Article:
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Does Islamic banks' securitization involvement restrain their financing activity?

Roza Hazli Zakaria (Department of Economics, University of Malaya, Kuala Lumpur, Malaysia)
Abdul Ghafar Ismail (School of Economics, Universiti Kebangsaan Malaysia, Selangor, Malaysia)

Humanomics

ISSN: 0828-8666

Article publication date: 23 May 2008

Abstract

Purpose

The purpose of this paper is to validate the concern that banks' increasing involvement in securitization activity restrains banks' lending, as well as their degree of risk tolerance. Theoretical frameworks claim that securitization reduces risk, hence decreasing banks' degree of risk aversion. Subsequently, banks would be motivated to increase their percentage of assets devoted to risky activities, which is lending to economic sectors. However, banking statistics dictates that banks' lending is on the decline while banks' securitization activities are on the rise.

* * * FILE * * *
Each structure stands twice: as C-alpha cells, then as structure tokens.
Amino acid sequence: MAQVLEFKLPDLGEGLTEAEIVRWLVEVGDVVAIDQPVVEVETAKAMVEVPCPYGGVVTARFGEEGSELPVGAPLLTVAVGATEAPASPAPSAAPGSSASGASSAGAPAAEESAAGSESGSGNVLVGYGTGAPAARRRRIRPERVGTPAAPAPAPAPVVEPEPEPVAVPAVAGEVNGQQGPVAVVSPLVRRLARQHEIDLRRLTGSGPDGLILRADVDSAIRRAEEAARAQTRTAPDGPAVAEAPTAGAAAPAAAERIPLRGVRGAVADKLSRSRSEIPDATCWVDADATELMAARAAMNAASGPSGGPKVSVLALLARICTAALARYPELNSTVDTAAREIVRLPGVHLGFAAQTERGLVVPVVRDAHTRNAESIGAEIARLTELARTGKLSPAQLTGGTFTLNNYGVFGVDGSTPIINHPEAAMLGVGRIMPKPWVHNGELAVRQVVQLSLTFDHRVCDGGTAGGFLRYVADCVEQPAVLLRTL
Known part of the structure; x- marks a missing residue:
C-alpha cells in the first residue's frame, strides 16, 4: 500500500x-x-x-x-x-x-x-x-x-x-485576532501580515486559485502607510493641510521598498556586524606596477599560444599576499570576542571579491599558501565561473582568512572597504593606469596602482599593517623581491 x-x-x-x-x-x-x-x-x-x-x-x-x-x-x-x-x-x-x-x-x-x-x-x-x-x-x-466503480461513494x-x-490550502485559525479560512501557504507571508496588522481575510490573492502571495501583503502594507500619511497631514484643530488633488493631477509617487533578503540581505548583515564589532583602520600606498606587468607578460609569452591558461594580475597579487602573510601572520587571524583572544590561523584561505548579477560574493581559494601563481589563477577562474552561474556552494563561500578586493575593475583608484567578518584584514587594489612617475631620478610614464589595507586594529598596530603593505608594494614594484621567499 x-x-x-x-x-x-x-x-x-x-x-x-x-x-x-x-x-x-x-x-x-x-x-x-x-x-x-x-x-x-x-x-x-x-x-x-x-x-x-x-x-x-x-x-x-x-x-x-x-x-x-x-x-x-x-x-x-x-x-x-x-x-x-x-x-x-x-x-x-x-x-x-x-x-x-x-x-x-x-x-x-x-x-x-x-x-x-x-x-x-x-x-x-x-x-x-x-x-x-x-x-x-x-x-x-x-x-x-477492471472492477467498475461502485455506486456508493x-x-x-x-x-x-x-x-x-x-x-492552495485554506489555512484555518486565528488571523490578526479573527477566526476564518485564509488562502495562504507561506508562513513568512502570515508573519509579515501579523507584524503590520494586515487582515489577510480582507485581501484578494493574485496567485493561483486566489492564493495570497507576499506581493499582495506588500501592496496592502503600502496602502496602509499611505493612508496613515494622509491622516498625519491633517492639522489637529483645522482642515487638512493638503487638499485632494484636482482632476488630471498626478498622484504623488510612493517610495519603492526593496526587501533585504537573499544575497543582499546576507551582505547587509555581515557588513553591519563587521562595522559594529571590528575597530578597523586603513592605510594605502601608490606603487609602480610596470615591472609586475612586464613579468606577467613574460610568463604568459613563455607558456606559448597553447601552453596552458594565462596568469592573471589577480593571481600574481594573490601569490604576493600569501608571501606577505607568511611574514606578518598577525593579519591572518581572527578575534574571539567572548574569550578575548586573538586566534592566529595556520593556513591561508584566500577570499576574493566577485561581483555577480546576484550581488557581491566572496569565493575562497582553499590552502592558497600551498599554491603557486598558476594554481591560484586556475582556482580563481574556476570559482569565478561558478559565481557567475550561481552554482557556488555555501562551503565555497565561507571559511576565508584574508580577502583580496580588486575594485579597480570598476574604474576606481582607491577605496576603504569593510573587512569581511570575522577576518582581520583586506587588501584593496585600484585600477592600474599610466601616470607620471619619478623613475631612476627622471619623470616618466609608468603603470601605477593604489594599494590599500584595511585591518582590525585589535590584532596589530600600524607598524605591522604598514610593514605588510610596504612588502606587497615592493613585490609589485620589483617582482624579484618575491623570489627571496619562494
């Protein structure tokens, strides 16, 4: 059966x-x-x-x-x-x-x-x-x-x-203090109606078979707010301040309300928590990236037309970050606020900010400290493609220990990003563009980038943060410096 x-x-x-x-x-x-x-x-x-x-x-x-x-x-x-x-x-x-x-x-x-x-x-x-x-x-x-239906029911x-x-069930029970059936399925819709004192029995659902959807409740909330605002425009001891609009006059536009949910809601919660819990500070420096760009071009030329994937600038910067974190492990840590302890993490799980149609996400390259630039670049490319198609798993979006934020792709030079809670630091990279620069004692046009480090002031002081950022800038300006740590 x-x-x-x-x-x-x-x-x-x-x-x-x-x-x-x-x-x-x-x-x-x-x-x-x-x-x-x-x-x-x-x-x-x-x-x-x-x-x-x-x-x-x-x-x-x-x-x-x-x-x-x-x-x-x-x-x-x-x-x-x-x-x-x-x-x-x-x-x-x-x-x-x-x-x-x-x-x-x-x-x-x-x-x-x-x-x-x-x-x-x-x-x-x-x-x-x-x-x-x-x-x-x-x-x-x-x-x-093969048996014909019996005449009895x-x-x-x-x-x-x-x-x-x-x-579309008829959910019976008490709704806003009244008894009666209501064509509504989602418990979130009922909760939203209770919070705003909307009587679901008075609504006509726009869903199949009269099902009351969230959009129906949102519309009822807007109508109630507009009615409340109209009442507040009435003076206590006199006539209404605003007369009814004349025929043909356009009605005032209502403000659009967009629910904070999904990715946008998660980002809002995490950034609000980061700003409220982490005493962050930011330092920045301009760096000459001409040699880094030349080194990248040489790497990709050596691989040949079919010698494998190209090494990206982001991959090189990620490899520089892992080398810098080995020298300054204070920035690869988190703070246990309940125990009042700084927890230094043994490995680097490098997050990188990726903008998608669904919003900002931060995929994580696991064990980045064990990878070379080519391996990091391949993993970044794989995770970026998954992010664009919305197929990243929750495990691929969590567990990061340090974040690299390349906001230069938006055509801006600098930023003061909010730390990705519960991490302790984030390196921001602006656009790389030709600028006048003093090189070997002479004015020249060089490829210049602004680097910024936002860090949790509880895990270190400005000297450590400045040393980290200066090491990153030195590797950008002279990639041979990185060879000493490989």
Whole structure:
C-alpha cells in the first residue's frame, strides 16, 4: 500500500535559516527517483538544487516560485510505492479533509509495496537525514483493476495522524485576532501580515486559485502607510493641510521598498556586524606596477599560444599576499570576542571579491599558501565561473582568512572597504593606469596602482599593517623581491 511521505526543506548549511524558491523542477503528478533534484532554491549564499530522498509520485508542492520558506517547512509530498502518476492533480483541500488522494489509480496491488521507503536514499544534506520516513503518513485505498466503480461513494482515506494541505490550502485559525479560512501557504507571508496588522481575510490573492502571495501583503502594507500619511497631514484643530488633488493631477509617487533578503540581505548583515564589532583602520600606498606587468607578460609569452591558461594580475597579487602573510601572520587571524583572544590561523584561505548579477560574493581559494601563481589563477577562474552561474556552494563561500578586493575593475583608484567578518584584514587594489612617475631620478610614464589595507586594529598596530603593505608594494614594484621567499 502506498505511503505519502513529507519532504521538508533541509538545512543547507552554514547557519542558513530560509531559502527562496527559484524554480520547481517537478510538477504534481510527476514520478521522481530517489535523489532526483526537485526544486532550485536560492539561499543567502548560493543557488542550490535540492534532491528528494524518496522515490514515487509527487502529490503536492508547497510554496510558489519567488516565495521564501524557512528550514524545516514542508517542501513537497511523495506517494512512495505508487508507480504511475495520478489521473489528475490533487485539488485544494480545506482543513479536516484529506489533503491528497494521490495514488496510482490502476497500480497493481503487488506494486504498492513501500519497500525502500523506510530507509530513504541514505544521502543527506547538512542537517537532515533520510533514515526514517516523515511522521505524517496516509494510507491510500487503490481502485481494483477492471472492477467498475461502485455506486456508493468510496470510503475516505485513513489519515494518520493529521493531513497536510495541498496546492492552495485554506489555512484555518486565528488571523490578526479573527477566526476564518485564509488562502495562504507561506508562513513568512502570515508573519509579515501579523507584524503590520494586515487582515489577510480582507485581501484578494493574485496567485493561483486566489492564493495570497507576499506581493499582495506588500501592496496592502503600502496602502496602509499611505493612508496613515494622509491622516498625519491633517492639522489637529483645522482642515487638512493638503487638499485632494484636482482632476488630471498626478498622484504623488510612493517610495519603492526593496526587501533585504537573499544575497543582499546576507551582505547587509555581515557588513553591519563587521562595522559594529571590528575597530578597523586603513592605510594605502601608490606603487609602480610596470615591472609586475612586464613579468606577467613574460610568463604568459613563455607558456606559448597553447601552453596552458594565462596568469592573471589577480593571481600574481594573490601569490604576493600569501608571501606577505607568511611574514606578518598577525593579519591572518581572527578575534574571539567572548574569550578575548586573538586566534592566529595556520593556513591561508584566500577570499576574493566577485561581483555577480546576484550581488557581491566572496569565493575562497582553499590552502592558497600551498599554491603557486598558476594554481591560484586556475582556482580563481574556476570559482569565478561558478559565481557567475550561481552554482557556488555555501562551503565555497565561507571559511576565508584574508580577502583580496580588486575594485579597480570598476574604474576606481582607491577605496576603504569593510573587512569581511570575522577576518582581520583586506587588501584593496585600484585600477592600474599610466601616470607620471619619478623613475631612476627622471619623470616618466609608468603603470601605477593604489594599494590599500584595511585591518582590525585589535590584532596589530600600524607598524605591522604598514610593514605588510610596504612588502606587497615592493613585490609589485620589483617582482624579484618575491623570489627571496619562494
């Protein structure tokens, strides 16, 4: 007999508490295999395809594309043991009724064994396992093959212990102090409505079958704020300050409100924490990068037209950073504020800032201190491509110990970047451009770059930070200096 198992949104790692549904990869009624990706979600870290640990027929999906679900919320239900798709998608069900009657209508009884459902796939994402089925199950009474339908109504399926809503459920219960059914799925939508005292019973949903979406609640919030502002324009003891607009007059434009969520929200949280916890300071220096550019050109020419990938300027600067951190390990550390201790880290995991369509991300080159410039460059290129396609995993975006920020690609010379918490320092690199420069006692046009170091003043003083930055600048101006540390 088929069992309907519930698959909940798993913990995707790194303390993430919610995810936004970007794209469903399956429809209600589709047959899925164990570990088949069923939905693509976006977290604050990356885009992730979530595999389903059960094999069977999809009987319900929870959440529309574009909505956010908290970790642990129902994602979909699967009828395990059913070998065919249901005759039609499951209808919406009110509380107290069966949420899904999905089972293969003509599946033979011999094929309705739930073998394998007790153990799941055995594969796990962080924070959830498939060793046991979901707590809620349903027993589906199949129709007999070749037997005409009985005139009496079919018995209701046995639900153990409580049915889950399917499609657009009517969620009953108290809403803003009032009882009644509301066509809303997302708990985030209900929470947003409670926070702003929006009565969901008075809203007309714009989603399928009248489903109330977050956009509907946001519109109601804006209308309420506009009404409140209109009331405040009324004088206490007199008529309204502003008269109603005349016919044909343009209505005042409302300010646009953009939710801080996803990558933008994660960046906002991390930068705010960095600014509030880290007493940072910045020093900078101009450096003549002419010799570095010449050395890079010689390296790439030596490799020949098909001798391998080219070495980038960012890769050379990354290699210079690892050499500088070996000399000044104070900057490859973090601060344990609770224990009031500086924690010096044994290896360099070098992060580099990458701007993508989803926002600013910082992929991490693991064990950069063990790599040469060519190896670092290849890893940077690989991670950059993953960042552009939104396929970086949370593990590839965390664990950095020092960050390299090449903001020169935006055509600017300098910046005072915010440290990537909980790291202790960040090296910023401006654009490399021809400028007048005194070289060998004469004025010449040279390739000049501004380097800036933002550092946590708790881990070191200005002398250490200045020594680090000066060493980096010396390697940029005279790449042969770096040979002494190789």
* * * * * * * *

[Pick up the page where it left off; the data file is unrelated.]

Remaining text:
Design/methodology/approach

The paper refers specifically to the Malaysian Islamic commercial banks and utilizes standard panel data analysis.

Findings

Supportive evidence was found that banks' involvement in securitization activity do restrain their lending activity. In addition, banks tend to have a riskier portfolio composition following their involvement in securitization activity. Taken together, this signals that banks' involvement in securitization activity needs to be regulated or restricted since excessive securitization activities could curtail credit and increase risk inherent in banks' lending portfolio.

Originality/value

This study departs from previous literature in the sense that an alternative method is introduced to measure banks' securitization activity.

Keywords

Citation

Hazli Zakaria, R. and Ghafar Ismail, A. (2008), "Does Islamic banks' securitization involvement restrain their financing activity?", Humanomics, Vol. 24 No. 2, pp. 95-109. https://doi.org/10.1108/08288660810876813

Publisher

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Emerald Group Publishing Limited

Copyright © 2008, Emerald Group Publishing Limited